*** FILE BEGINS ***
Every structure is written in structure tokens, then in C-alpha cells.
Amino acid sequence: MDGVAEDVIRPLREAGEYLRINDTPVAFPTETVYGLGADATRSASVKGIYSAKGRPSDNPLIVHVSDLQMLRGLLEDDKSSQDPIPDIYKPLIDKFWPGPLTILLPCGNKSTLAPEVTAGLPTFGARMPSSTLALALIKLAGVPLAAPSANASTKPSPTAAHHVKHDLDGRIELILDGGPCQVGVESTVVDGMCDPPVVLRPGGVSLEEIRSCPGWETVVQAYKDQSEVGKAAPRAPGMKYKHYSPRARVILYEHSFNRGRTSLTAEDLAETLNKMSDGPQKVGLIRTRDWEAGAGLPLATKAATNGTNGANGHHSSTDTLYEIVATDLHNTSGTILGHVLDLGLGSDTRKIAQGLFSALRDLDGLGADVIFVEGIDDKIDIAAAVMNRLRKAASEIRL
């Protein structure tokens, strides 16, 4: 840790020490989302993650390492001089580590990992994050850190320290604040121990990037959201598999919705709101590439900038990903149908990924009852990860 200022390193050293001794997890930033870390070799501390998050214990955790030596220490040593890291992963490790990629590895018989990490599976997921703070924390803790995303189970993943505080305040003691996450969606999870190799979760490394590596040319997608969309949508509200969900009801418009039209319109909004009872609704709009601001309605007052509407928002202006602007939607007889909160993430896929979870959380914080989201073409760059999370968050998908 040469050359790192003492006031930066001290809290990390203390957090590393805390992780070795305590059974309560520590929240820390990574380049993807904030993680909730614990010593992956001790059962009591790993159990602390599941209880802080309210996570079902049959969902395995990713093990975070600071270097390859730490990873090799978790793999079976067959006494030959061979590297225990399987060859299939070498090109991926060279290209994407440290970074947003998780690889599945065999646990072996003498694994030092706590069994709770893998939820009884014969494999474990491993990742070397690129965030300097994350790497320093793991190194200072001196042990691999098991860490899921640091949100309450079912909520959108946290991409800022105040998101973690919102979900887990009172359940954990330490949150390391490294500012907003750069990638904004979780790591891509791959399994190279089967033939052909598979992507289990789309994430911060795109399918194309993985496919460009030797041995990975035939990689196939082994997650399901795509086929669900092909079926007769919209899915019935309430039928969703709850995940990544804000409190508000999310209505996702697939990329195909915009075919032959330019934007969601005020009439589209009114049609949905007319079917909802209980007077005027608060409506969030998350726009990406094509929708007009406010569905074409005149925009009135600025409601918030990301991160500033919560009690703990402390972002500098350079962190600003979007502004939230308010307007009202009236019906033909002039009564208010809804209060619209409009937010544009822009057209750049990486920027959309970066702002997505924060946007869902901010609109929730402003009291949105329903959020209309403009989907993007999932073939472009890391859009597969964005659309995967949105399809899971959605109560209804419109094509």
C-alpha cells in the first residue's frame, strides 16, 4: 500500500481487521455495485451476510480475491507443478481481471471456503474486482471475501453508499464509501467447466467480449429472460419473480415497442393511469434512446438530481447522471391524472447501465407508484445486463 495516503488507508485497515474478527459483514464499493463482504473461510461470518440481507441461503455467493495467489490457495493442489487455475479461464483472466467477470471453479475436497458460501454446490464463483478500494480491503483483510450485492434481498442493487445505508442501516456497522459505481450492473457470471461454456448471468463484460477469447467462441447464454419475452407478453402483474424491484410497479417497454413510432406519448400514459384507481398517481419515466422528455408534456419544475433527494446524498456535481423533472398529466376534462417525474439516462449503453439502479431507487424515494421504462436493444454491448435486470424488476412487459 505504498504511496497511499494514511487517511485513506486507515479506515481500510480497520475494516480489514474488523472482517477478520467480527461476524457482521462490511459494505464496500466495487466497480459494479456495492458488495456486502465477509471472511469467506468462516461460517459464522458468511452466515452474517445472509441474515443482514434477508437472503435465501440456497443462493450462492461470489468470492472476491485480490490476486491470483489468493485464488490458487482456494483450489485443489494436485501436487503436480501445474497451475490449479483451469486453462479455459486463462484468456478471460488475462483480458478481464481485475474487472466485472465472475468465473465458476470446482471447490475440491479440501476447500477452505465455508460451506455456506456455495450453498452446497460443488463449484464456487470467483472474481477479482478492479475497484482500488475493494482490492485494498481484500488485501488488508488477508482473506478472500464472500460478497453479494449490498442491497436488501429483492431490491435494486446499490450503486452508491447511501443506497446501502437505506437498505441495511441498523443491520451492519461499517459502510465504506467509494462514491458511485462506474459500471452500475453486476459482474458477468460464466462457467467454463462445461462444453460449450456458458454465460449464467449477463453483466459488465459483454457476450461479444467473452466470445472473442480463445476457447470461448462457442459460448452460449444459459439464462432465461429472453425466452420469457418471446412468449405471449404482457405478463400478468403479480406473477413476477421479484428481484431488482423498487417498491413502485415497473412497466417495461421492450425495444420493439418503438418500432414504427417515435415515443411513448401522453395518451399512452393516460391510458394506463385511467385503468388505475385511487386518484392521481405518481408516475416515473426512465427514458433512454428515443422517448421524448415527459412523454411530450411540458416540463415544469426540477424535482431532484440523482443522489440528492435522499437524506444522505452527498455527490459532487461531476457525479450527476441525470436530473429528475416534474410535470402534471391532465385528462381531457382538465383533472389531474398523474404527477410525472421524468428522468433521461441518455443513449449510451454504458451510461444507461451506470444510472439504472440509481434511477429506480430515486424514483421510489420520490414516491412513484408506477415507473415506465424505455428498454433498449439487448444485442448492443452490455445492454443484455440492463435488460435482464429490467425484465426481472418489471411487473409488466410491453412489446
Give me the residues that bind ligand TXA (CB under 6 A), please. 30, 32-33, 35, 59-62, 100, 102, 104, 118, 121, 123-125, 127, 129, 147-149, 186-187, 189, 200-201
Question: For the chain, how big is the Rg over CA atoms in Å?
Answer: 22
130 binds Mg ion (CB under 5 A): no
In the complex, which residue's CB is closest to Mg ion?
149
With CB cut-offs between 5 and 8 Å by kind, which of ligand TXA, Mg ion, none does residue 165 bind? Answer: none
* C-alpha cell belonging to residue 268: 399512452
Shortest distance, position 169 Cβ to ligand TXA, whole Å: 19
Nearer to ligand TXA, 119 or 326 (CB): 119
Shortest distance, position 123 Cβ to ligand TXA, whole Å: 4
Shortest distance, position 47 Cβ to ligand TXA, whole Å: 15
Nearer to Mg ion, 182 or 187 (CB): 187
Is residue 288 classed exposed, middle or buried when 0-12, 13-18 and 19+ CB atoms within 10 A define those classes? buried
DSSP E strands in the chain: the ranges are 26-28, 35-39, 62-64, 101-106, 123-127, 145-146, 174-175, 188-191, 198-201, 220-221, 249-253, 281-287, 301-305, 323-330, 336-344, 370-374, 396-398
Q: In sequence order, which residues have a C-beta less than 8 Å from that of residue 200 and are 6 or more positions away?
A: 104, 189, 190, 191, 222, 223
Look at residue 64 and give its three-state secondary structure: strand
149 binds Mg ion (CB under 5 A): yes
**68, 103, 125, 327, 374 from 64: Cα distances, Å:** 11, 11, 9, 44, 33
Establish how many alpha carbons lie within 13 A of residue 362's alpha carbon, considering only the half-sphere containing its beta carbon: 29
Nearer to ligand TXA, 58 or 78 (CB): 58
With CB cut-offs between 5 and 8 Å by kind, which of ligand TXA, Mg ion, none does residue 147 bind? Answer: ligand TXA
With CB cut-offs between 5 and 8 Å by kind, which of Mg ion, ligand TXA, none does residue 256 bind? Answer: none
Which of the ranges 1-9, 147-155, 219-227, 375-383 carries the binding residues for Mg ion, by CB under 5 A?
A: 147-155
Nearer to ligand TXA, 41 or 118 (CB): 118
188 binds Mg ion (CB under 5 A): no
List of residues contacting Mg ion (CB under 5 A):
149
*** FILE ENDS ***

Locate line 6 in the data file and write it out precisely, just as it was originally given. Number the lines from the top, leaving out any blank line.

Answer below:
Question: For the chain, how big is the Rg over CA atoms in Å?